Making Money
  • Records shows china had ways to avoid counterfeited paper money nearly 1000 years ago, and laws for that were also published then, even printed on the paper money.
  • U.S. paper currency is made of 25 percent linen and 75 percent cotton paper. Red and blue synthetic fibers of various lengths are distributed evenly throughout the paper. Prior to World War I, the fibers were made of silk.
  • During fiscal year 1999, it cost the Bureau of Printing and Engraving approximately 4.2 cents per note to produce $11.3 billion U.S. paper currency notes. Ninety-five percent of the notes printed each year are used to replace those already in circulation. Forty-five percent of the notes printed are $1 bills.
  • In 2002, the U.S. Mint produced 14,413,236,610 coins for general circulation.
  • The United States Secret Service was originated in 1865 to combat counterfeit money. At the time, as much as one third of all the money in the United States was estimated to be counterfeit. Currently, about $250,000 in counterfeit money appears each day.
  • One of the ways the Federal Reserve detects counterfeit bills is to check the iron content of the ink.
Inflation
  • The only cause of intermittence for the use of paper money in ancient China was fear of inflation in some periods of the Ming Dynasty.
  • From 1940 to 1946, the average income in America doubled. During 1940, the average worker was paid less than $600 a year. In 1946 the same worker got $1,200 a year.
  • In 1919 the average income in America was around $650 per year.
  • In the 1920s you could buy a brand new car for less than $300.
  • In 1931 a new Chevrolet cost $623. Between 1968 and 1978 the price of new cars went up drastically. Cars cost twice as much in 1978 as they did in 1968.
  • Shopping was fun in 1900. Women could buy a pair of shoes for just $1!
Money Measurements
  • Althoug China has a long history of paper money, but there are not even one real early paper money left(paper money before the Yuan Dynasty), so its real form and size can only be guessed according to the history records. (There was news recently that a paper money from the Song Dynasty was found, but this was not verified yet.)
  • A mile of pennies laid out is $844.80. By this standard, America is about $2.5 million wide, coast to coast.
  • Currency in circulation before 1929 measured 3.125 inches by 7.4218 inches. In 1929, the size was changed to its current measurement of 2.61 inches wide by 6.14 inches long.
  • The approximate weight of a currency note, regardless of denomination is one gram. There are 454 grams in one pound; therefore, it takes 454 notes to make one pound.
  • A million $1 bills weigh 2,200 pounds.
  • A $1 bill is 0.004375-inch thick. If you placed 1 million of them in a neat square, it would measure about four feet tall, four feet wide and four feet thick.
  • A stack of currency one-mile high would contain more than 14 million notes.
  • A stack of bills destroyed in a single year would measure 200 miles high. Mt. Everest, the tallest mountain on Earth, is a mere 19,035 feet, or slightly more than 3 miles high.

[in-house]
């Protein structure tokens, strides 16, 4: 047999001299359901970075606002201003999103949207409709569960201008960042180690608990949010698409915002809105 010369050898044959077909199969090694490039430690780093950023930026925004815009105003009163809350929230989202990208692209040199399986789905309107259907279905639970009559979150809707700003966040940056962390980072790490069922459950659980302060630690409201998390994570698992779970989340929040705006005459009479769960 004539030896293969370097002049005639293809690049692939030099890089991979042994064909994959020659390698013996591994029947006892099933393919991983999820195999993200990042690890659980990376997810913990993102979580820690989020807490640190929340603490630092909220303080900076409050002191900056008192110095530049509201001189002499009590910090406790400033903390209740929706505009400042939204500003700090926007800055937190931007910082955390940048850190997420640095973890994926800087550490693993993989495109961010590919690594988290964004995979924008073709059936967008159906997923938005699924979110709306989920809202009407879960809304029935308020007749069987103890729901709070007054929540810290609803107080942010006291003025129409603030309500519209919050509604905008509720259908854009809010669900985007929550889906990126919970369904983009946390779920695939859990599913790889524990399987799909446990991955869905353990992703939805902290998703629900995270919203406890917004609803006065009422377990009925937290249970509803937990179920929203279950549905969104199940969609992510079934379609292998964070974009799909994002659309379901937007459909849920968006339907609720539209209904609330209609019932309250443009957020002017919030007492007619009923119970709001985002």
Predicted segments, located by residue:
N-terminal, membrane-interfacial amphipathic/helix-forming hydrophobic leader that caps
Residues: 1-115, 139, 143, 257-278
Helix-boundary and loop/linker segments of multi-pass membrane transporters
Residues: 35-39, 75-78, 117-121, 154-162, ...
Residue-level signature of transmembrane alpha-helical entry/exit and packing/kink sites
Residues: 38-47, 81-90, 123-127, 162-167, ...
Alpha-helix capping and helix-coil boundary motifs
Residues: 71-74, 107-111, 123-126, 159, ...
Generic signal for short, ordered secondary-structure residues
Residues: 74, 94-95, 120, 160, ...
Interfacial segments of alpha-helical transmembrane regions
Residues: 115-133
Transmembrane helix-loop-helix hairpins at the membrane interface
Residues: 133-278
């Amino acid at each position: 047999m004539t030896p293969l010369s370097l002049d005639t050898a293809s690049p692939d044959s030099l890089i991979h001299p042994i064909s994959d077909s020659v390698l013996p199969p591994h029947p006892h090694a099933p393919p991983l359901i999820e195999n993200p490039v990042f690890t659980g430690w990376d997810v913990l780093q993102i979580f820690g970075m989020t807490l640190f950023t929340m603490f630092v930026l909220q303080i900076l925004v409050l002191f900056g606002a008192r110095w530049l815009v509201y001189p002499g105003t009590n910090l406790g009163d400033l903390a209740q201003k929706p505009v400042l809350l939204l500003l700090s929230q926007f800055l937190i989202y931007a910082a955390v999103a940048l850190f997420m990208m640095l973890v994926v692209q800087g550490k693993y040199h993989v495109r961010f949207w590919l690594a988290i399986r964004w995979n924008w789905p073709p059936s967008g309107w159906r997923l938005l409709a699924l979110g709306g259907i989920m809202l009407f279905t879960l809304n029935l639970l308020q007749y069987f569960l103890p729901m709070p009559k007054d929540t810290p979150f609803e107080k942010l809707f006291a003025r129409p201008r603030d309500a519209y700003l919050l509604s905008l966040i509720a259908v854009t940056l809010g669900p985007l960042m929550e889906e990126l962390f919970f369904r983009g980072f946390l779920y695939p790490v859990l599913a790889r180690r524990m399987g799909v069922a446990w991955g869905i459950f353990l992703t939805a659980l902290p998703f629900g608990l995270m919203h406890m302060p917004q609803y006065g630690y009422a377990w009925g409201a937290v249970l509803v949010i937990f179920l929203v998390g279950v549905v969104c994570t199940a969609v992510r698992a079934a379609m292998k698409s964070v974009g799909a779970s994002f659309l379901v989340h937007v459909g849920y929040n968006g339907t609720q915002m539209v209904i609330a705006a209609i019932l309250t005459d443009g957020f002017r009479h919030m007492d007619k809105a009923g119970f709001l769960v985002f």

Fun Facts
  • If you have three quarters, four dimes and four pennies, you have $1.19. You also have the largest amount of money in coins possible without being able to make change for a dollar.
  • Did you know that a quarter has 119 grooves around the edge, and a dime has 118? Do you know the purpose of the ridges on the edges of coins? Without ridges, it is possible to scrape metal off coins without it being obvious. In the days when coins were made of silver or gold, a person could have made a good, but illegal, living from shaving coins and selling the precious metal.
  • During much of the 17th and 18th centuries, the Spanish dollar coin was the unofficial national currency of the American colonies. To make change, the dollar was actually cut into eight pieces or "bits." Thus, came the terms "pieces of eight" from these early times and "two bits" (a quarter) from recent times.
  • The bison on the Buffalo Nickel was from New York City. Named Black Diamond, this bison lived around the turn of the 20th century in the Central Park Zoo.
  • How long do bills last?
    The Federal Reserve System lists the following life spans:
    $ 1 22 months
    $ 5 2 years
    $ 10 3 years
    $ 20 4 years
    $ 50 9 years
    $100 9 years
  • Coins usually survive in circulation for about 30 years.
  • Why are U.S. notes green? No one is really sure. However, in 1929, when the Bureau of Printing and Engraving began making smaller size currency, green was continued because pigment of that color was readily available in large quantities. The color was relatively high in its resistance to chemical and physical changes, and green has been psychologically identified with the strong and stable credit of the government.
  • The origin of the dollar sign -- $ -- has various explanations. Perhaps the most widely accepted is that it is the result of the evolution of the Mexican or Spanish "Pís" for pesos. This theory, derived from a study of old manuscripts, explains that the S gradually came to be written over the P, developing a close equivalent to the $ mark. It was widely used even before the adoption of the United States dollar in 1785.
  • Do you konw? In the chinese Song Dynasty, regulated and printed on the paper money, one hundred was not 100, it was 77, and one thousand was 770, that system was called short hundred, while the "one hundred was 100" system was called enough hundred. There were complicated conversion systems for different uses at that time, every people had to learn and bear all the conversions in mind for daily use.